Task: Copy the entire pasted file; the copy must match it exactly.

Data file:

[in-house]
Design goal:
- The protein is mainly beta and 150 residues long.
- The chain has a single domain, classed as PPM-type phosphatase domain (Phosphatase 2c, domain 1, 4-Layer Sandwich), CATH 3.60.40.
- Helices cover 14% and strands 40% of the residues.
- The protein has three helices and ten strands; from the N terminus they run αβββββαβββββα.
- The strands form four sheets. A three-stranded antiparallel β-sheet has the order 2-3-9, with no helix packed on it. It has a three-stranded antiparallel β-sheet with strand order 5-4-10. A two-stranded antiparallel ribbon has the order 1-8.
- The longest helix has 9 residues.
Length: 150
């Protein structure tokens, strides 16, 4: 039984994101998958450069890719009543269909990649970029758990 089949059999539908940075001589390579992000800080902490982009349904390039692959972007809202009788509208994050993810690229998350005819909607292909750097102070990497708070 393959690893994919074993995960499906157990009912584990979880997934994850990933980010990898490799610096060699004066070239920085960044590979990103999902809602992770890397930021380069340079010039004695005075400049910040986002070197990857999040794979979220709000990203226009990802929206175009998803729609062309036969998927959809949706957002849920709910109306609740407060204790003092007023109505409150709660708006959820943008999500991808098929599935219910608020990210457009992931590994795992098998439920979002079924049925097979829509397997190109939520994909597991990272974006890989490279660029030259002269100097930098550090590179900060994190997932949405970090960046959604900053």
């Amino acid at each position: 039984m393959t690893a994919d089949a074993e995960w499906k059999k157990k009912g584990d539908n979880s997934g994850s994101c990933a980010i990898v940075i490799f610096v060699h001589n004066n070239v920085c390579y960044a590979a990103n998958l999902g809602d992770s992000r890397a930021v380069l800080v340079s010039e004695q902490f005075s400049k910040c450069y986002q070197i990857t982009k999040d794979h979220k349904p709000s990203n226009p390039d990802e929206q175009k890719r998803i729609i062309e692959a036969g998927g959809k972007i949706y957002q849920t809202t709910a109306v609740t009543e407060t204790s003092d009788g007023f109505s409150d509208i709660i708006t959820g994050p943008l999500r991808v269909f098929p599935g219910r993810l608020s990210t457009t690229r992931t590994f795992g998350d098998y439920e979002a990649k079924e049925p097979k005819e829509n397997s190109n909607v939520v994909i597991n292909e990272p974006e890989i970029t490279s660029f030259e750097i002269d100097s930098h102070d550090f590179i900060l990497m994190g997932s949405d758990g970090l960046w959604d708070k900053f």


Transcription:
[in-house]
Design goal:
- The protein is mainly beta and 150 residues long.
- The chain has a single domain, classed as PPM-type phosphatase domain (Phosphatase 2c, domain 1, 4-Layer Sandwich), CATH 3.60.40.
- Helices cover 14% and strands 40% of the residues.
- The protein has three helices and ten strands; from the N terminus they run αβββββαβββββα.
- The strands form four sheets. A three-stranded antiparallel β-sheet has the order 2-3-9, with no helix packed on it. It has a three-stranded antiparallel β-sheet with strand order 5-4-10. A two-stranded antiparallel ribbon has the order 1-8.
- The longest helix has 9 residues.
Length: 150
């Protein structure tokens, strides 16, 4: 039984994101998958450069890719009543269909990649970029758990 089949059999539908940075001589390579992000800080902490982009349904390039692959972007809202009788509208994050993810690229998350005819909607292909750097102070990497708070 393959690893994919074993995960499906157990009912584990979880997934994850990933980010990898490799610096060699004066070239920085960044590979990103999902809602992770890397930021380069340079010039004695005075400049910040986002070197990857999040794979979220709000990203226009990802929206175009998803729609062309036969998927959809949706957002849920709910109306609740407060204790003092007023109505409150709660708006959820943008999500991808098929599935219910608020990210457009992931590994795992098998439920979002079924049925097979829509397997190109939520994909597991990272974006890989490279660029030259002269100097930098550090590179900060994190997932949405970090960046959604900053």
């Amino acid at each position: 039984m393959t690893a994919d089949a074993e995960w499906k059999k157990k009912g584990d539908n979880s997934g994850s994101c990933a980010i990898v940075i490799f610096v060699h001589n004066n070239v920085c390579y960044a590979a990103n998958l999902g809602d992770s992000r890397a930021v380069l800080v340079s010039e004695q902490f005075s400049k910040c450069y986002q070197i990857t982009k999040d794979h979220k349904p709000s990203n226009p390039d990802e929206q175009k890719r998803i729609i062309e692959a036969g998927g959809k972007i949706y957002q849920t809202t709910a109306v609740t009543e407060t204790s003092d009788g007023f109505s409150d509208i709660i708006t959820g994050p943008l999500r991808v269909f098929p599935g219910r993810l608020s990210t457009t690229r992931t590994f795992g998350d098998y439920e979002a990649k079924e049925p097979k005819e829509n397997s190109n909607v939520v994909i597991n292909e990272p974006e890989i970029t490279s660029f030259e750097i002269d100097s930098h102070d550090f590179i900060l990497m994190g997932s949405d758990g970090l960046w959604d708070k900053f």